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Manipulate Records with DML

Learning Objectives

After completing this unit, you'll be able to:
  • Use DML to insert, update, and delete records.
  • Perform DML statements in bulk.
  • Use upsert to either insert or update a record.
  • Catch a DML Exception.
  • Use a Database method to insert new records with the partial success option and process the results.
  • Know when to use DML statements and when to use Database methods.
  • Perform DML operations on related records.

Manipulate Records with DML

Create and modify records in Salesforce by using the Data Manipulation Language, abbreviated as DML. DML provides a straightforward way to manage records by providing simple statements to insert, update, merge, delete, and restore records.

Because Apex is a data-focused language and is saved on the Lightning Platform, it has direct access to your data in Salesforce. Unlike other programming languages that require additional setup to connect to data sources, with Apex DML, managing records is made easy! By calling DML statements, you can quickly perform operations on your Salesforce records.

This example adds the Acme account to Salesforce. An account sObject is created first and then passed as an argument to the insert statement, which persists the record in Salesforce.
// Create the account sObject 
Account acct = new Account(Name='Acme', Phone='(415)555-1212', NumberOfEmployees=100);
// Insert the account by using DML
insert acct;

DML Statements

The following DML statements are available.

  • insert
  • update
  • upsert
  • delete
  • undelete
  • merge

Each DML statement accepts either a single sObject or a list (or array) of sObjects. Operating on a list of sObjects is a more efficient way for processing records.

All those statements, except a couple, are familiar database operations. The upsert and merge statements are particular to Salesforce and can be quite handy.

The upsert DML operation creates new records and updates sObject records within a single statement, using a specified field to determine the presence of existing objects, or the ID field if no field is specified.

The merge statement merges up to three records of the same sObject type into one of the records, deleting the others, and re-parenting any related records.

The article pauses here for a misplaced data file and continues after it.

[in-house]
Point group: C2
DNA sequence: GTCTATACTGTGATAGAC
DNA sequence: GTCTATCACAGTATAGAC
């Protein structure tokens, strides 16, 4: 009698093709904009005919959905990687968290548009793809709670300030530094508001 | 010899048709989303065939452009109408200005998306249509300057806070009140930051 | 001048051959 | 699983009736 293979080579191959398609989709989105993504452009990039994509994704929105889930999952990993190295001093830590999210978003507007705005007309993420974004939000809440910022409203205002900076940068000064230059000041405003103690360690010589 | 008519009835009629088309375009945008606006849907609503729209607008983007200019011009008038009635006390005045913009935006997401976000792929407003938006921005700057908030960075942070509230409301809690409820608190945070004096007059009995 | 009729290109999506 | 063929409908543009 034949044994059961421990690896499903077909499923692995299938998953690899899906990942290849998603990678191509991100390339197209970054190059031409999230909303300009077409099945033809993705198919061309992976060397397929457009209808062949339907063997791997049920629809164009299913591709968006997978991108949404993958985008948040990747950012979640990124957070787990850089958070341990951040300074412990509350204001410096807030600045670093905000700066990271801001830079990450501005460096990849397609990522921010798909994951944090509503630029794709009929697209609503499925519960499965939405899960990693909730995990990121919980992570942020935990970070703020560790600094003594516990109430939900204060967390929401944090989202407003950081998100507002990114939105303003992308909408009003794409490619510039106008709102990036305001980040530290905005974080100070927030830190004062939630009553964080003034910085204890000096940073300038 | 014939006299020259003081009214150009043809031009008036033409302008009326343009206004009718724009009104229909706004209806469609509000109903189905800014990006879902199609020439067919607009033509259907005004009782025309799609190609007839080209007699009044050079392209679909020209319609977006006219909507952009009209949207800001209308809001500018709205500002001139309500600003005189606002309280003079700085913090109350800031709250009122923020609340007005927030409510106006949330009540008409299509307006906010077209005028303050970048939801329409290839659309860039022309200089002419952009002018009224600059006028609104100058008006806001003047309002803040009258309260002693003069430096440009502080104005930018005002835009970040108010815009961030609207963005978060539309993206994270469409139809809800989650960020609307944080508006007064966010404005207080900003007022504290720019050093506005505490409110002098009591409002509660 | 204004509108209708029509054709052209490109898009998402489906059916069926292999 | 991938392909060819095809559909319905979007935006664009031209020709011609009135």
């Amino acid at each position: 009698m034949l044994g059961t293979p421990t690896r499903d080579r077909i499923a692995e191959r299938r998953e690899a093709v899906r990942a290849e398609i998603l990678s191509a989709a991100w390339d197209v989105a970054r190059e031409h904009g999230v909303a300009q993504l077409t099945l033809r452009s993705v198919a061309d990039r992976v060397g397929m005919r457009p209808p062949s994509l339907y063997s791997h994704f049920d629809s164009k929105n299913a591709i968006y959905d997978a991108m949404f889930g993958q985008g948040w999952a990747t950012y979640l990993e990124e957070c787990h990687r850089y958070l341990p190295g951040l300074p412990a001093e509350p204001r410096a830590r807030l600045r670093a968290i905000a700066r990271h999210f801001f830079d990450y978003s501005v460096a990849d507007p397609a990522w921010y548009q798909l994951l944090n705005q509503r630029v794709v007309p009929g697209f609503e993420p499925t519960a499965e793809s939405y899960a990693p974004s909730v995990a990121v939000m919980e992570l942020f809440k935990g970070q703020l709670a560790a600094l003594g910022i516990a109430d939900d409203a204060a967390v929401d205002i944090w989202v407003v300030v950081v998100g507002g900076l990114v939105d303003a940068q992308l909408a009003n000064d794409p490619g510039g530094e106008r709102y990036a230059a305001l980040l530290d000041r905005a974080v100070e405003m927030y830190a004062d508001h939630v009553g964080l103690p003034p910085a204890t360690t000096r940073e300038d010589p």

ID Field Auto-Assigned to New Records

When inserting records, the system assigns an ID for each record. In addition to persisting the ID value in the database, the ID value is also autopopulated on the sObject variable that you used as an argument in the DML call.

This example shows how to get the ID on the sObject that corresponds to the inserted account.

// Create the account sObject 
Account acct = new Account(Name='Acme', Phone='(415)555-1212', NumberOfEmployees=100);
// Insert the account by using DML
insert acct;

// Get the new ID on the inserted sObject argument
ID acctID = acct.Id;
// Display this ID in the debug log
System.debug('ID = ' + acctID);

// Debug log result (the ID will be different in your case)
// DEBUG|ID = 001D000000JmKkeIAF

Beyond the Basics

Because the sObject variable in the example contains the ID after the DML call, you can reuse this sObject variable to perform further DML operations, such as updates, as the system will be able to map the sObject variable to its corresponding record by matching the ID.

You can retrieve a record from the database to obtain its fields, including the ID field, but this can’t be done with DML. You’ll need to write a query by using SOQL. You’ll learn about SOQL in another unit.

Bulk DML

You can perform DML operations either on a single sObject, or in bulk on a list of sObjects. Performing bulk DML operations is the recommended way because it helps avoid hitting governor limits, such as the DML limit of 150 statements per Apex transaction. This limit is in place to ensure fair access to shared resources in the Lightning Platform. Performing a DML operation on a list of sObjects counts as one DML statement, not as one statement for each sObject.

This example inserts contacts in bulk by inserting a list of contacts in one call. The sample then updates those contacts in bulk too.

  1. Execute this snippet in the Developer Console using Anonymous Apex.
    // Create a list of contacts
    List<Contact> conList = new List<Contact> {
        new Contact(FirstName='Joe',LastName='Smith',Department='Finance'),
            new Contact(FirstName='Kathy',LastName='Smith',Department='Technology'),
            new Contact(FirstName='Caroline',LastName='Roth',Department='Finance'),
            new Contact(FirstName='Kim',LastName='Shain',Department='Education')};
                
    // Bulk insert all contacts with one DML call
    insert conList;
    
    // List to hold the new contacts to update
    List<Contact> listToUpdate = new List<Contact>();
    
    // Iterate through the list and add a title only
    //   if the department is Finance
    for(Contact con : conList) {
        if (con.Department == 'Finance') {
            con.Title = 'Financial analyst';
            // Add updated contact sObject to the list.
            listToUpdate.add(con);
        }
    }
    
    // Bulk update all contacts with one DML call
    update listToUpdate;
    
  2. Inspect the contacts recently created in your org.

    Two of the contacts who are in the Finance department should have their titles populated with Financial analyst.

Upserting Records